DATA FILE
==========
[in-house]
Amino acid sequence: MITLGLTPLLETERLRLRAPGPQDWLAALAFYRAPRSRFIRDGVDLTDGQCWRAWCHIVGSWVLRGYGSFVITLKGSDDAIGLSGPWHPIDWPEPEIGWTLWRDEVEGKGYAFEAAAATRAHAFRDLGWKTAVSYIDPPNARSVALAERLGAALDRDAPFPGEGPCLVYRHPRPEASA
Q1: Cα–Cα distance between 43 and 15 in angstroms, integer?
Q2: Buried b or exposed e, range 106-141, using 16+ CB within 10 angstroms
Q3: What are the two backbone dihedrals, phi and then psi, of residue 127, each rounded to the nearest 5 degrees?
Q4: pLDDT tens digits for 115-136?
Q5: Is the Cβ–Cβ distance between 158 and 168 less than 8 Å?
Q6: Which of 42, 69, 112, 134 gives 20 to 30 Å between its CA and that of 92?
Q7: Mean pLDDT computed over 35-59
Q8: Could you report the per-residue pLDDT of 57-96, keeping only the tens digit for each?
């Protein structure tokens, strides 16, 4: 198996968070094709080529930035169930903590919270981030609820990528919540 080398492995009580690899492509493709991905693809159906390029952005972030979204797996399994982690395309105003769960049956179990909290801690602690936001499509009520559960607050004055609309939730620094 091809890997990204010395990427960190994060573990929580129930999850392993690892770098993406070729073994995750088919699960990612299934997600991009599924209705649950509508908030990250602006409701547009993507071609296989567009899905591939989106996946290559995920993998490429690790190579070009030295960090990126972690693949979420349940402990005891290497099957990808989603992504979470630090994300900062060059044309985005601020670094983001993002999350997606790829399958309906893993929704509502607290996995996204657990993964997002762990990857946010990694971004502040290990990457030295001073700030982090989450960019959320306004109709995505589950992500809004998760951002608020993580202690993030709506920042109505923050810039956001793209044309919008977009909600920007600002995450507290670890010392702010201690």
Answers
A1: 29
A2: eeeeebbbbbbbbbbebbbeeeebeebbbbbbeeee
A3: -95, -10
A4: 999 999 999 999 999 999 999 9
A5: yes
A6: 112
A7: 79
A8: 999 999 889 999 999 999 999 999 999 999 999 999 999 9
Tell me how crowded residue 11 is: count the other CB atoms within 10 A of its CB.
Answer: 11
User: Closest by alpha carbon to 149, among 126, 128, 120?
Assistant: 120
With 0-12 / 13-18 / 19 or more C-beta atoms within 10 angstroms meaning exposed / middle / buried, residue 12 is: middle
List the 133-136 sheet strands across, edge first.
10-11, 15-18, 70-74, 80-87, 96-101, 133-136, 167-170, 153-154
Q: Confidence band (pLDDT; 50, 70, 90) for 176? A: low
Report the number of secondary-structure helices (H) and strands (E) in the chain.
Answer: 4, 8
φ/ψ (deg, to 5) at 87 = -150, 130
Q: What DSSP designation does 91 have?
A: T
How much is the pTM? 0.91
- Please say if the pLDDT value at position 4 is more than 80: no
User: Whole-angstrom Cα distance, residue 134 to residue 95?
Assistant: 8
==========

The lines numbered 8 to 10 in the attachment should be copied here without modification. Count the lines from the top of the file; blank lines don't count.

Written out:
Q6: Which of 42, 69, 112, 134 gives 20 to 30 Å between its CA and that of 92?
Q7: Mean pLDDT computed over 35-59
Q8: Could you report the per-residue pLDDT of 57-96, keeping only the tens digit for each?